Rachel Ehmke
Every now and then there comes a day when it all gets piled on and you can’t help but think about the common threads that tie certain news stories together. Yesterday I heard about the death of a young NFL great, the death of a 13-year-old Minnesota teenager, and the record-breaking price brought by a well-known 1895 painting that captures something of the pain that must have been experienced by the subjects fo the prior two stories.

NFL great Junior Seau took his own life yesterday. And yesterday a friend emailed me a link to an obituary for a 13-year-old seventh grader who hung herself in her home last Sunday. Then, at a New York City art auction yesterday, Edvard Munch’s famous painting, “The Scream,” sold for $120 million.
A symbol of the emotional pain and agony that is part of human life in a busted and broken world, the painting serves as a reminder that life is not easy. All three of these stories caused me to pause and once again ponder that fine line between embracing life, and embracing a self-inflicted death that somehow becomes more attractive than the reality of a broken life.

The story of 13-year-old Rachel Ehmke is especially gut-wrenching. Just give the news story embedded below a look. Then, read her obituary and the growing list of comments. Rachel was bullied. Sad. Very sad.

I believe Rachel’s story is one worth talking about with kids. If you’re a youth worker or parent, invite the kids you know and love to read Rachel’s obituary, to watch her story, and to read through the comments. Then, talk about pain, brokenness, heartache, bullying, and anything else the kids want to discuss.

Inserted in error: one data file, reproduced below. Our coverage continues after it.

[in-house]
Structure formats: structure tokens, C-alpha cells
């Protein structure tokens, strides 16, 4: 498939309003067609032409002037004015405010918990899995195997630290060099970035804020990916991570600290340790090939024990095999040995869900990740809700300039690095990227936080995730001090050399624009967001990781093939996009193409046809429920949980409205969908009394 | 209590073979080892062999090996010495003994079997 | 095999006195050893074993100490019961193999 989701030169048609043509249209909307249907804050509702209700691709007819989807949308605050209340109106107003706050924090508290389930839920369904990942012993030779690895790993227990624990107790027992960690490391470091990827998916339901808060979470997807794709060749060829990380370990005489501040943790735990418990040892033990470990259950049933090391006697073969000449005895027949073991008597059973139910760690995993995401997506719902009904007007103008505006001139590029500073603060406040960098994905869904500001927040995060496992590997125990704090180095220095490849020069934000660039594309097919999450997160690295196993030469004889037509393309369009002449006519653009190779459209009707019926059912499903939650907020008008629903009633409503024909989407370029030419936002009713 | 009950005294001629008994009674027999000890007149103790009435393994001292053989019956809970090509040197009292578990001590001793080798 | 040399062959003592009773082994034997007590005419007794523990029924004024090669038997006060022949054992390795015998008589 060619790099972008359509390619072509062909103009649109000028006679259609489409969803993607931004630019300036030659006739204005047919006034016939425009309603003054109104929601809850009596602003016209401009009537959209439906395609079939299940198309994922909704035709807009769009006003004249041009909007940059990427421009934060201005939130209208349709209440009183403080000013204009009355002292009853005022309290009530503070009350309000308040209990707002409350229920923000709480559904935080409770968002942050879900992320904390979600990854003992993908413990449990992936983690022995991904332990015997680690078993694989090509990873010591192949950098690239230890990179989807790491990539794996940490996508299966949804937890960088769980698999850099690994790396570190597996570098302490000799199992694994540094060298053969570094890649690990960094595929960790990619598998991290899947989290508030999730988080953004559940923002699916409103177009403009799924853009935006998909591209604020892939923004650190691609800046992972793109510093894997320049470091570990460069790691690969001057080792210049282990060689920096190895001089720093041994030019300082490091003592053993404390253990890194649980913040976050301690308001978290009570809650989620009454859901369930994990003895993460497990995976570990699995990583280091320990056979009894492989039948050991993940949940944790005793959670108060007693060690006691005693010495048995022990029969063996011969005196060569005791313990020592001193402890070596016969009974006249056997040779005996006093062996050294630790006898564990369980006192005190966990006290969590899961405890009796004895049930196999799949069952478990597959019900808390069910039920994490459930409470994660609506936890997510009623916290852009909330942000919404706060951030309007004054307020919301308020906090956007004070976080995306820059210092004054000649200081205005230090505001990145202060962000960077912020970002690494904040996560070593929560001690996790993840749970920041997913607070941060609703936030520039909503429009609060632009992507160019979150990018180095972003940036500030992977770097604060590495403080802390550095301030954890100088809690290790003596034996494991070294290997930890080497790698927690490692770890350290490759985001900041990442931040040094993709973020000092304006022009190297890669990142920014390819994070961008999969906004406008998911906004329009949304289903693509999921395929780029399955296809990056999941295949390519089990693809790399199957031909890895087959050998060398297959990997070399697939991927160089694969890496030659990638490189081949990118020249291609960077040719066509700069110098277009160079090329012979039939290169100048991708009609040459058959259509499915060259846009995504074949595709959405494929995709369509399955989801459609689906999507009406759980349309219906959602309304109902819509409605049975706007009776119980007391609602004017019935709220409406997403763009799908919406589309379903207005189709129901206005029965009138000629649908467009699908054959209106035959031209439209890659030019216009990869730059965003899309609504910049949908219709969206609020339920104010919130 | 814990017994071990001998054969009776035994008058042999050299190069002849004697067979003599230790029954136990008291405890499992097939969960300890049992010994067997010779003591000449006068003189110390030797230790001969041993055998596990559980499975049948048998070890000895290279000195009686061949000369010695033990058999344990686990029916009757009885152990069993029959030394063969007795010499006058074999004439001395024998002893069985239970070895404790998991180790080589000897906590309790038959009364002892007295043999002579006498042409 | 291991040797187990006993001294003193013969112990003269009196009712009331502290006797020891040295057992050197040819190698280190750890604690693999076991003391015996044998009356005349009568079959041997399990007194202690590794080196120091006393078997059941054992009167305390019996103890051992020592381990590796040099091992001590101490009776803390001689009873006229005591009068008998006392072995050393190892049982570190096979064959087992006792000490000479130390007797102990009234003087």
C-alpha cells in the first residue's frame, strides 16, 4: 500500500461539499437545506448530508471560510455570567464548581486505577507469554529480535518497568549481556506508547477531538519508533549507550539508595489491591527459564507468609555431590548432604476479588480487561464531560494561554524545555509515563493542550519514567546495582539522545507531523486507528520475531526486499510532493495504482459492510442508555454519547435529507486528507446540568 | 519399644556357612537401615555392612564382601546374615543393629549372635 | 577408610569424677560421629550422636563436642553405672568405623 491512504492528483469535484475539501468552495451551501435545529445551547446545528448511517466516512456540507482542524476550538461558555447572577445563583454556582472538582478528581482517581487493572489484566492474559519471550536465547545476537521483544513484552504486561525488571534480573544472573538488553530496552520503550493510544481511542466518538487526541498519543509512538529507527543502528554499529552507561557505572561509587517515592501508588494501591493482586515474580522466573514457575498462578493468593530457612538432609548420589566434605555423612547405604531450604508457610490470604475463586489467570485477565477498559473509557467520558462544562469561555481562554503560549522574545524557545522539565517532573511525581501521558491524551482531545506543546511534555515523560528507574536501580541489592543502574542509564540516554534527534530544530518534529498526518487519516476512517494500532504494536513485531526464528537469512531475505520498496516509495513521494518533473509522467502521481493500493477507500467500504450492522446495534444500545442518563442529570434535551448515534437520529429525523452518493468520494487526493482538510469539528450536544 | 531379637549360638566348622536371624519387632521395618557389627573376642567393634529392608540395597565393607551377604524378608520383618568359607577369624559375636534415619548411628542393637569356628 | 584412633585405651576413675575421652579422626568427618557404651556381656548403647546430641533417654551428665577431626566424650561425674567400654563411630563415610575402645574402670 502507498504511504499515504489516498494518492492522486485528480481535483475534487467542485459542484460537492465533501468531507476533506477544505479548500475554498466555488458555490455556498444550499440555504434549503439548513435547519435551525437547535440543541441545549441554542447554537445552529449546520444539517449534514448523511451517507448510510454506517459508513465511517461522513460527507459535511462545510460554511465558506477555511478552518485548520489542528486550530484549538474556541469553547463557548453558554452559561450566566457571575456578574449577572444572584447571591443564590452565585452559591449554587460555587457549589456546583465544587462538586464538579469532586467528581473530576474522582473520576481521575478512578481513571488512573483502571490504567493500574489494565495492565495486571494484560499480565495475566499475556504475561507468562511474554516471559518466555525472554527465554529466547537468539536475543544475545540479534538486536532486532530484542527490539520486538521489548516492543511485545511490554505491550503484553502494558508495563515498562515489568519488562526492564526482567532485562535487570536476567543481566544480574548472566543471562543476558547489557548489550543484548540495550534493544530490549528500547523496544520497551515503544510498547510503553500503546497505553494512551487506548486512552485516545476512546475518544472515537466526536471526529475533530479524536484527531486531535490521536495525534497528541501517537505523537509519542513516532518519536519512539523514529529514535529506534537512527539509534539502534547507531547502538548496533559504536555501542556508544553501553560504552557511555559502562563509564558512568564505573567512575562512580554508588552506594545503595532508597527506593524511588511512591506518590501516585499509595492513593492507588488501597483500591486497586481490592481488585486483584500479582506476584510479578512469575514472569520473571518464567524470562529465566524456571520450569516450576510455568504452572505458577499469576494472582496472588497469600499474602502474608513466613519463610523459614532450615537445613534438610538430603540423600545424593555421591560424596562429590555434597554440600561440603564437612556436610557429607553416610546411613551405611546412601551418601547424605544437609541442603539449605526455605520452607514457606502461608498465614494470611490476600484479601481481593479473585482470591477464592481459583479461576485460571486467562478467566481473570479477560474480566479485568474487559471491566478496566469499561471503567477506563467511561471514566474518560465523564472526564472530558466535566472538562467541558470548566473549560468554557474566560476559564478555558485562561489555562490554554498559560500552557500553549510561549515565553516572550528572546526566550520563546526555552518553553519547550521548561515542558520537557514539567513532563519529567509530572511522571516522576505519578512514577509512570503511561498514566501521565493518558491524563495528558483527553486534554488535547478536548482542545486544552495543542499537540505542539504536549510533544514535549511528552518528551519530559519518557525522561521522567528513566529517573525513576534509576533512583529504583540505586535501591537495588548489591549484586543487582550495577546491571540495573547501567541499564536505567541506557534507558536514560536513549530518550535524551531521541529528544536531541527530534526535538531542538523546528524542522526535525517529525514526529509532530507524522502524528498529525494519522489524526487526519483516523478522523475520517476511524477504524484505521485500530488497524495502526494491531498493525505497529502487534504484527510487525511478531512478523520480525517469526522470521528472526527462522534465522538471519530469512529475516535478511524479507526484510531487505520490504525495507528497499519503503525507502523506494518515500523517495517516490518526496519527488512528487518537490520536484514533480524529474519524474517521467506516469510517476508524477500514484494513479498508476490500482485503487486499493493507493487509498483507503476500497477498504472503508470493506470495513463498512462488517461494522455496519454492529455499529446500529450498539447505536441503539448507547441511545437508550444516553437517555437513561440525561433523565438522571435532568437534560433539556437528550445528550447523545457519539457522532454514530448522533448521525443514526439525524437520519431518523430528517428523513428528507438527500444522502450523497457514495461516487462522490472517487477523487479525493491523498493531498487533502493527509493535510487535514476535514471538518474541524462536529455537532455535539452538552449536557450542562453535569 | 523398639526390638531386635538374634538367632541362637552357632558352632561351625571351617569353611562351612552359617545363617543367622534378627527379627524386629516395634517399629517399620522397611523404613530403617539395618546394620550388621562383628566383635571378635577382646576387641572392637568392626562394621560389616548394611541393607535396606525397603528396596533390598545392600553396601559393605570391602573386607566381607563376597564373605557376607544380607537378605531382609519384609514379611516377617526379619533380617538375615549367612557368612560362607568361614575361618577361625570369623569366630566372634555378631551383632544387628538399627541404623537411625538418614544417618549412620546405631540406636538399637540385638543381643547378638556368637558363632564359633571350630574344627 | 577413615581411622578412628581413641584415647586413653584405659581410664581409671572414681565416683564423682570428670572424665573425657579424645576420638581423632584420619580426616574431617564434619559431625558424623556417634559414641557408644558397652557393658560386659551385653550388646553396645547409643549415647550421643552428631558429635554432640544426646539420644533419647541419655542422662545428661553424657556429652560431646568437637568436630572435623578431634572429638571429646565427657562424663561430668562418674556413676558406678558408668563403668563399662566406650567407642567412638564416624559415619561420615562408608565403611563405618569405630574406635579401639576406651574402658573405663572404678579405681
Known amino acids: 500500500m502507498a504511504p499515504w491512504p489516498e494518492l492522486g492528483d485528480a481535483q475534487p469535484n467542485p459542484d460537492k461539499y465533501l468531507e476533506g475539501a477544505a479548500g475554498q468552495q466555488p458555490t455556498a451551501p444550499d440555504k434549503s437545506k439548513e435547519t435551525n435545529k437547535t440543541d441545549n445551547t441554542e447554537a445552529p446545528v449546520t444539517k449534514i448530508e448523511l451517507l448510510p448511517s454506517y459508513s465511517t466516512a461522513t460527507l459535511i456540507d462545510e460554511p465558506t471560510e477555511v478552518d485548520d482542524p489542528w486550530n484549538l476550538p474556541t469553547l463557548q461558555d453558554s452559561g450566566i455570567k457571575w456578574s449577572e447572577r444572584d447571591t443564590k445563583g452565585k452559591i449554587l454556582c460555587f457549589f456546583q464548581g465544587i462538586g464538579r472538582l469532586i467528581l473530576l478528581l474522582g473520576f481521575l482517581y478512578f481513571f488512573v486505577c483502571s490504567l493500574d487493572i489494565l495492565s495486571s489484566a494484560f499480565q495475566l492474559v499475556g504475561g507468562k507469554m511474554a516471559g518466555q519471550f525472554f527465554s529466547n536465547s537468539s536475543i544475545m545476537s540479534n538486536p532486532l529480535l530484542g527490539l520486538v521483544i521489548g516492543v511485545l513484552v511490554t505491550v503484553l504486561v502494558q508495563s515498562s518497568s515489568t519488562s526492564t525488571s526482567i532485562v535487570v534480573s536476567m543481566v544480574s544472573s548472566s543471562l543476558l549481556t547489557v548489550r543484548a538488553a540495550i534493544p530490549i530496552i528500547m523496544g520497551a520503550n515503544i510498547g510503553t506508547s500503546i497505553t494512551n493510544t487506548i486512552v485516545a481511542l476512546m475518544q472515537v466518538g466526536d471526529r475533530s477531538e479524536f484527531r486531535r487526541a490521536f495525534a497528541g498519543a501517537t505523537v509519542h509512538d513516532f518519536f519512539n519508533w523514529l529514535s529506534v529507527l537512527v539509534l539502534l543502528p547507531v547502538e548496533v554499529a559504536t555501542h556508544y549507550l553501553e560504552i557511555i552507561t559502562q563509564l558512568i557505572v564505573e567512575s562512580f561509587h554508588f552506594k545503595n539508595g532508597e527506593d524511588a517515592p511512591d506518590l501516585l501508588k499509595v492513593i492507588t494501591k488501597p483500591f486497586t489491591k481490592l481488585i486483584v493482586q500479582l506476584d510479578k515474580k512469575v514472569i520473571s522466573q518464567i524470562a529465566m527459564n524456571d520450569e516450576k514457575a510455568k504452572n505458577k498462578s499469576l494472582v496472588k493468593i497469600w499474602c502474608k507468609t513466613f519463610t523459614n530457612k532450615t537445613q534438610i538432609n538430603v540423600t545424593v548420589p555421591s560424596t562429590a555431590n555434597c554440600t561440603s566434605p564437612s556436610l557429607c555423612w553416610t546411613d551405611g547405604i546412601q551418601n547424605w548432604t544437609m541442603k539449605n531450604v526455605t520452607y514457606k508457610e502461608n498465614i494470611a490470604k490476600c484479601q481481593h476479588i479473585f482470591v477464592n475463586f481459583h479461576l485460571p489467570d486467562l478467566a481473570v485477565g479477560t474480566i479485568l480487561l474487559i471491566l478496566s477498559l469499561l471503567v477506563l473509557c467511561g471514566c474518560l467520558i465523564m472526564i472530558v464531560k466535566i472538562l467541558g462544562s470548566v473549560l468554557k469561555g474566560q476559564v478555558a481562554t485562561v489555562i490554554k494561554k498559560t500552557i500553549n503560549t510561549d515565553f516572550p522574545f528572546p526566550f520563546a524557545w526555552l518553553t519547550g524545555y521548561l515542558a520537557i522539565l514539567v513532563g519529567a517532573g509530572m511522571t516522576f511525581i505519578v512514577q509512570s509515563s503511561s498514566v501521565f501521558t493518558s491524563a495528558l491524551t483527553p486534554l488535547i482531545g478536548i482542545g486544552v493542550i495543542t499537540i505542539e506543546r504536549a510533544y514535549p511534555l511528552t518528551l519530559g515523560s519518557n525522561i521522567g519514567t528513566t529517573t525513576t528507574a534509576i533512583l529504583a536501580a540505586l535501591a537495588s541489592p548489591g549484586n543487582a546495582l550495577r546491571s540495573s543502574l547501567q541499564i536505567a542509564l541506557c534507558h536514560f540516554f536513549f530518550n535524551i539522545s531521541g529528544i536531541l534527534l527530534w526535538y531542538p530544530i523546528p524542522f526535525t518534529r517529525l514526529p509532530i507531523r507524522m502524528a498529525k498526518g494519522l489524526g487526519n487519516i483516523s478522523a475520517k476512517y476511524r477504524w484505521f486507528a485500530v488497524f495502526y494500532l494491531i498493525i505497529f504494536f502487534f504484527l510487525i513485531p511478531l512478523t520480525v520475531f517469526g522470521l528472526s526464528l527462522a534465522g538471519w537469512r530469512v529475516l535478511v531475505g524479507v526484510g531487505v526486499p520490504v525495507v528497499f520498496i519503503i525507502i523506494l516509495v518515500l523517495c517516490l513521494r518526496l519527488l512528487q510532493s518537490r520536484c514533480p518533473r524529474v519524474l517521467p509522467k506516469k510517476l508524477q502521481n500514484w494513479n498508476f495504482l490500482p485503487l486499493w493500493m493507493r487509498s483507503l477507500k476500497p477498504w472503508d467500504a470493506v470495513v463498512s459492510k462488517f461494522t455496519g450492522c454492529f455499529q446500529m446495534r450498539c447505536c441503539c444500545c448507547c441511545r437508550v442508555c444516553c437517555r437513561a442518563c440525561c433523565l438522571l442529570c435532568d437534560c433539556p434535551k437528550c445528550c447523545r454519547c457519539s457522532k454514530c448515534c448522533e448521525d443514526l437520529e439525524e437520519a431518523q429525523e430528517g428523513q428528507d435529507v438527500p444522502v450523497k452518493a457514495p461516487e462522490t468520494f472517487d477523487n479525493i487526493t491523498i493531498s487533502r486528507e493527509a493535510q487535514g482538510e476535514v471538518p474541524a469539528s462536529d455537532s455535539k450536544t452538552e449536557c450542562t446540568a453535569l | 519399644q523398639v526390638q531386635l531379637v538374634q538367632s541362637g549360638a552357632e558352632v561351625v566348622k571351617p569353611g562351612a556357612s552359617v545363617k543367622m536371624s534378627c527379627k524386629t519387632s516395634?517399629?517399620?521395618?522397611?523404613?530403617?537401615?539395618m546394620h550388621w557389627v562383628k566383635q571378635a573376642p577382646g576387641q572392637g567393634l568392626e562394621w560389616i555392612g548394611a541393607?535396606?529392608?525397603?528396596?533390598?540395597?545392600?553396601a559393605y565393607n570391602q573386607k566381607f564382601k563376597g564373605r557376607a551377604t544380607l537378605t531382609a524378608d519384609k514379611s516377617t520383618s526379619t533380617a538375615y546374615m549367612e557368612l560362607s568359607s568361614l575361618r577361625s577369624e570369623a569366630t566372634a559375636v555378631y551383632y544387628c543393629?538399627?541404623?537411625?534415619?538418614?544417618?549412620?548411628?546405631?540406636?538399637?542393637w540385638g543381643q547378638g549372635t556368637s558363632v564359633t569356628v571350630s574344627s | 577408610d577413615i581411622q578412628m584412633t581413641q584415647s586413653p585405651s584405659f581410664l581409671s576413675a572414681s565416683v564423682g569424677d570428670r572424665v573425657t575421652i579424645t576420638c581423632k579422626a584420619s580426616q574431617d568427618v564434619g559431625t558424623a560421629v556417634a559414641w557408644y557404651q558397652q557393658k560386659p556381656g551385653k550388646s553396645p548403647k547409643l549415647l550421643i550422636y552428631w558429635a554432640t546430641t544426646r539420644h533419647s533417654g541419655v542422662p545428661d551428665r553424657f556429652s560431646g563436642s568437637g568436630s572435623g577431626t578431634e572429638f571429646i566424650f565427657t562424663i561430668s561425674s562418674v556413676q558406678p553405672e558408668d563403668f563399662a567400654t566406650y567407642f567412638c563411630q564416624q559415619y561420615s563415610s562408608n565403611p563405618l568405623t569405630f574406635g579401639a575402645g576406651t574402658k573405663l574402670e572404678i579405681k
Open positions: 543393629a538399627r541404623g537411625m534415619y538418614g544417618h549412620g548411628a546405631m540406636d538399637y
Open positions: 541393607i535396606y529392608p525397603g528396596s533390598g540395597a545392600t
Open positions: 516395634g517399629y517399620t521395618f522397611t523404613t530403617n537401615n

I’m not one for easy responses and cliches when I encounter stuff like this. Life is very, very complex and hurt runs deep. What I do know is that what the screaming man in Munch’s painting is screaming for is ultimate redemption. Yes, all creation groans. I also know that the source of that grace and mercy-filled redemption is Jesus Christ, the one who said, “Come to me, all who labor and are heavy laden, and I will give you rest” (Matthew 11:28).

Today, we are reminded to pray for that redeeming rest to be realized.

6 thoughts on “Junior Seau, Rachel Ehmke, and Edvard Munch. . .

  1. J. Boe. . . thanks. . . my friends Rich Van Pelt and Marv Penner have learned over years of crisis counseling that after a traumatic event, people need to tell their story. I can’t even begin to imagine what it must be like for these folks.

  2. Just heartbreaking! Thanks for sharing her story. Praying for the family and for our crazy world…

  3. Thanks for the story! I am originaly from Kasson, my family still lives there, in fact my family is good friends with Rachels family. I just hope they find the peace to heal from this tragedy. I can’t imagine the pain! Being a parent of a girl close to Rachel’s age who is also had her share of bullying, it hits close to home!

  4. I am reminded of our need to understand the complexity of depression. Just two days ago I received a copy of Richard Winters new book on depression from InterVarsity Press. Looks good and I’m starting it. I also recommend Martin Loyd-Jones book, “Spiritual Depression”, which I am reading again.

  5. Rachel Dee Ehmke ,7th grader at Kasson-Mantorville Middle school…My best friend, gone.. I live in Kasson, the town right next to Mantorville. Me and Rachel were close friends, and it’s really hard without her here. we had so many memories together, like this HUGEEEE sharpie that we would snif in class and get in trouble for because it was a “drug” and the time when she did my science project for me. when we would fix our makeup in the middle of class, and text eachother when we were right next to eachother in class.

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